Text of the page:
What you need to know to adopt a pet

With so many homeless pets flooding shelters in Chicago and across the country, people are considering doing their part to empty kennels.

But according to Suzanne Wickham, CEO of PAWS Chicago, a pet shelter, it’s important to consider a pet’s level of commitment. Almost reached in recent weeks.

“Both cats and dogs have an adjustment period to a new home,” she said. “As people go through the adoption process, we try to set expectations for that particular pet and we have What observations have been made about the behavior of

Here’s what to know when adopting a pet.

Consider your pet’s specific needs.

Wickham said it’s important to remember that every pet has a specific set of needs. For example, large dogs and puppies need more exercise and stimulation than small dogs or cats.

“I have a few small dogs and two blocks feels like a marathon for them,” Wickham said. “You have to think, ‘Can I get enough exercise for them?'”

While it’s important to think about the right pet for your lifestyle, there’s a pet for everyone who wants one, she said. A slow-lap dog might suit someone who likes to snuggle, while a toddler with lots of energy might be better for a runner looking for a training buddy.

Prepare your home

Clearing shoes, leashes and personal items out of reach is a good step toward preparing a home for a dog or cat, but Wickham said most pets eventually learn boundaries and understand which toys are appropriate for them. and which toys are off limits.

Larger dogs often have a harder time getting adopted, and they come with different needs to think about. Wickham said it’s important to keep counters away from things they shouldn’t go into.

Be social.

Socialization is important, especially in puppies. Wickham said meeting new people and dogs will help them adapt to new environments.

Obedience and training classes can help new owners train their dogs to have better manners and be ready to go out into the world.

Do not give pets as gifts.

While the holiday season is a popular time for adoption, Wickham stresses that pets shouldn’t be thought of as gifts. Unless the entire family is present at the adoption, PAWS will not let the pet go with them.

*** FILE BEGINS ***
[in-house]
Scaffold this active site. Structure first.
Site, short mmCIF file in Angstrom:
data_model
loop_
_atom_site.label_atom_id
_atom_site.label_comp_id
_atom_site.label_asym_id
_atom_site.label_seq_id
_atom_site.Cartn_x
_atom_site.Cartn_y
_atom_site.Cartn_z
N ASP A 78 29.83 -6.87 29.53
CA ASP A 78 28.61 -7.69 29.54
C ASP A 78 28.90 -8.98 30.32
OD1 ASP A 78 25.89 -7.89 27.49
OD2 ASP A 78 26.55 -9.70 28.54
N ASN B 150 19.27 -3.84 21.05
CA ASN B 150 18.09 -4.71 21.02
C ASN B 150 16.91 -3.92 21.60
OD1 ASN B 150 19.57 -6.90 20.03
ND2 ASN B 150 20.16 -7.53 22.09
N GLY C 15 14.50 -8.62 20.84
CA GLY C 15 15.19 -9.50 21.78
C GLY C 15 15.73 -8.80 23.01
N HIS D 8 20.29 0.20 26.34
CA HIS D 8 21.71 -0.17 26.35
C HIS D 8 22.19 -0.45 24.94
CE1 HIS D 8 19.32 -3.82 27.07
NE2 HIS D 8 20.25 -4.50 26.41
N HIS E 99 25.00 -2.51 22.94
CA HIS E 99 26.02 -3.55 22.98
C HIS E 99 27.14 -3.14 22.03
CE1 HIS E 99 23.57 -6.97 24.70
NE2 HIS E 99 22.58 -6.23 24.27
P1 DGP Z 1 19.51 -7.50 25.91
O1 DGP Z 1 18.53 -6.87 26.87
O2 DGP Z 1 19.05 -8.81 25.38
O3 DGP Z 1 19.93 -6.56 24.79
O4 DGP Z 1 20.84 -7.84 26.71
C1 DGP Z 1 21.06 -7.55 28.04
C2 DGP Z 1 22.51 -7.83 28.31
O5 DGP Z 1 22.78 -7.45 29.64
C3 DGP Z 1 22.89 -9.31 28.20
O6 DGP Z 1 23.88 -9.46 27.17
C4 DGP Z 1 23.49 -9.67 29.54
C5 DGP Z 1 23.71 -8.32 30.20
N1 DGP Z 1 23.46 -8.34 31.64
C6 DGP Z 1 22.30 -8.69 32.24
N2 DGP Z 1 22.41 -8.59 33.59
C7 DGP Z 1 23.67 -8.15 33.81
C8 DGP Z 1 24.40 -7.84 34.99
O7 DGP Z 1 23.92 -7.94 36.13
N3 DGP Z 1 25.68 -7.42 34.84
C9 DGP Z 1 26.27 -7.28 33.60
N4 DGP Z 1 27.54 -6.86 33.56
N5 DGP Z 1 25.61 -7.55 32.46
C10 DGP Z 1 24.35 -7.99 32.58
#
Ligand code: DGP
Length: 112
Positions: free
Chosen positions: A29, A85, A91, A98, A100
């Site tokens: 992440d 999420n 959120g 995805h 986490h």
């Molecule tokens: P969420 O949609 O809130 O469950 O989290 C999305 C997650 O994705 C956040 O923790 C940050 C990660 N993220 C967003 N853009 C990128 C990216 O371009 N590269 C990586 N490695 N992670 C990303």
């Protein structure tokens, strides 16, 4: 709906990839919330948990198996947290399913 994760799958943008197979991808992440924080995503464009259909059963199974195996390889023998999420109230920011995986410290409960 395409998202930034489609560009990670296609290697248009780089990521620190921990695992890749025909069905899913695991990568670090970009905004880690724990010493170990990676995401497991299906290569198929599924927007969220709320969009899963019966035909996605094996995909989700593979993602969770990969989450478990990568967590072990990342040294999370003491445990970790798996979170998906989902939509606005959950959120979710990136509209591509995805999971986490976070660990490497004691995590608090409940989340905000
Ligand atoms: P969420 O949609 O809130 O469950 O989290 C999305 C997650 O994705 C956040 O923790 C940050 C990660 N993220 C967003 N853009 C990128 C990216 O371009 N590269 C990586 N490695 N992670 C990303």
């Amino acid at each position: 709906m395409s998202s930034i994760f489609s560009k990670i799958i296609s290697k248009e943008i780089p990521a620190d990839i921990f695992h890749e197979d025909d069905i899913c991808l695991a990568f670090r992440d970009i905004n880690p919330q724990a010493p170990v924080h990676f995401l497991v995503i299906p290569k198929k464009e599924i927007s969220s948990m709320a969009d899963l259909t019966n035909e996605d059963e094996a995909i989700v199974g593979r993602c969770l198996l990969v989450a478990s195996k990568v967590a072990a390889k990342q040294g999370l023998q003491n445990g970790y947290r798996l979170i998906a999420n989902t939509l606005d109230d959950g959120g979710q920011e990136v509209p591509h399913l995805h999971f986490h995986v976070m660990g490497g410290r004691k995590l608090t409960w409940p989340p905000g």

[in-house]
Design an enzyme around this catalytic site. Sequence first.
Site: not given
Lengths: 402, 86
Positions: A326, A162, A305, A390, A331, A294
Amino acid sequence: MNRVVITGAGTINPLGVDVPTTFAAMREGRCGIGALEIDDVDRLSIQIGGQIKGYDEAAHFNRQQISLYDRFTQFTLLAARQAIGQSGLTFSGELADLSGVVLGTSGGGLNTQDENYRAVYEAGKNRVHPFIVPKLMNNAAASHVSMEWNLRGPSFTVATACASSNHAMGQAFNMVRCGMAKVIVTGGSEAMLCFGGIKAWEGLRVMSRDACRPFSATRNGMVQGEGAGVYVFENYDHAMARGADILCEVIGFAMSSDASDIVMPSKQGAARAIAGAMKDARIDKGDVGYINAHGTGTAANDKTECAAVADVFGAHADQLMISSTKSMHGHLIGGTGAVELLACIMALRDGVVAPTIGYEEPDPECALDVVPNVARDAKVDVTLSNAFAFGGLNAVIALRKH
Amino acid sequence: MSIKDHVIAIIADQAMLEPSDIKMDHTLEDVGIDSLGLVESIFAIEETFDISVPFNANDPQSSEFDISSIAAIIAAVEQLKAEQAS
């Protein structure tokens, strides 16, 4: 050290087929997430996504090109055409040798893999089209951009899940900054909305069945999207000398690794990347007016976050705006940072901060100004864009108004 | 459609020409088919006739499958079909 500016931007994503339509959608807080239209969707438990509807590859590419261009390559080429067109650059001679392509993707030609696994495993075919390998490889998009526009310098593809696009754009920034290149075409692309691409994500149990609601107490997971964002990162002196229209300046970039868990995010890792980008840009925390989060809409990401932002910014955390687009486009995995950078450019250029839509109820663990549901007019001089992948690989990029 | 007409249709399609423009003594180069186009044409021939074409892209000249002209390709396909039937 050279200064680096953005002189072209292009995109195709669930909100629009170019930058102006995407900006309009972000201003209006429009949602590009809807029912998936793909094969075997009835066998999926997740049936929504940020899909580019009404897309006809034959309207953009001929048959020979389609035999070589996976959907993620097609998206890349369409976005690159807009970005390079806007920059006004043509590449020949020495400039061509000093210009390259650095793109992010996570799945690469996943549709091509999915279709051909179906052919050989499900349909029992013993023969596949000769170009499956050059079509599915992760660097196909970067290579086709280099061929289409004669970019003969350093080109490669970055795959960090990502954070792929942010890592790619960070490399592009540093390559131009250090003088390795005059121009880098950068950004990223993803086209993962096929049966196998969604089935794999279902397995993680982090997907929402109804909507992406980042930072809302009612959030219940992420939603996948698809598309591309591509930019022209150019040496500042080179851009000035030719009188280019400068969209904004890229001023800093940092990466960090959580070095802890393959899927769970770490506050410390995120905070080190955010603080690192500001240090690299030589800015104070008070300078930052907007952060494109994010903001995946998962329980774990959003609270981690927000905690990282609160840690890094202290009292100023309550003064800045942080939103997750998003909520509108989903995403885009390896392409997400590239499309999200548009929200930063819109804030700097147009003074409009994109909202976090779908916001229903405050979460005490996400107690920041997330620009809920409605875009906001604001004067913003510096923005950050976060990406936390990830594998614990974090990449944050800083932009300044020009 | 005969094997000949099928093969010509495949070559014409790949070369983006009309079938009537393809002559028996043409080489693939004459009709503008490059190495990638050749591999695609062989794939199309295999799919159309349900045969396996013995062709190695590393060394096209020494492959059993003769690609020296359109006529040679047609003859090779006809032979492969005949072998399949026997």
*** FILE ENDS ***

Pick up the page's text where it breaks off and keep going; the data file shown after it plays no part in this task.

“That’s how we make sure it’s a lasting match,” he said. “What we’re trying to avoid is having a pet come into the house and not everyone wants a pet and then the pet comes back.”

If you want to surprise someone with a pet, consider surprising the dog with an appointment at PAWS or another shelter rather than placing it under a tree, Wickham said.

Where to Adopt a Pet in Chicago

Major shelters in Chicago maintain lists of adoptable pets and their due dates, and provide details on what you need to start the adoption process.

Chicago Animal Care and Control

  • 2741 S. Western Ave
  • (312) 747-1406
  • Open for walk-in daily from 12:00 PM to 7:00 PM.
  • of CACC Rescue partners There are also adoptable pets.

Anti-Atrocities Society

  • 510 N. LaSalle Dr.
  • (312) 645-8220
  • Open for walk-in daily from 12:00 PM to 7:00 PM.
  • The shelter is also a partner. PetSmarts Around town

PAWS Chicago

  • 1997 N. Clybourn Ave.
  • (773) 935-7297
  • Open for walk-ins Monday through Friday 12:00 PM to 7:00 PM and Saturday and Sunday 11:00 AM to 5:00 PM.
  • Schedule an appointment. Here

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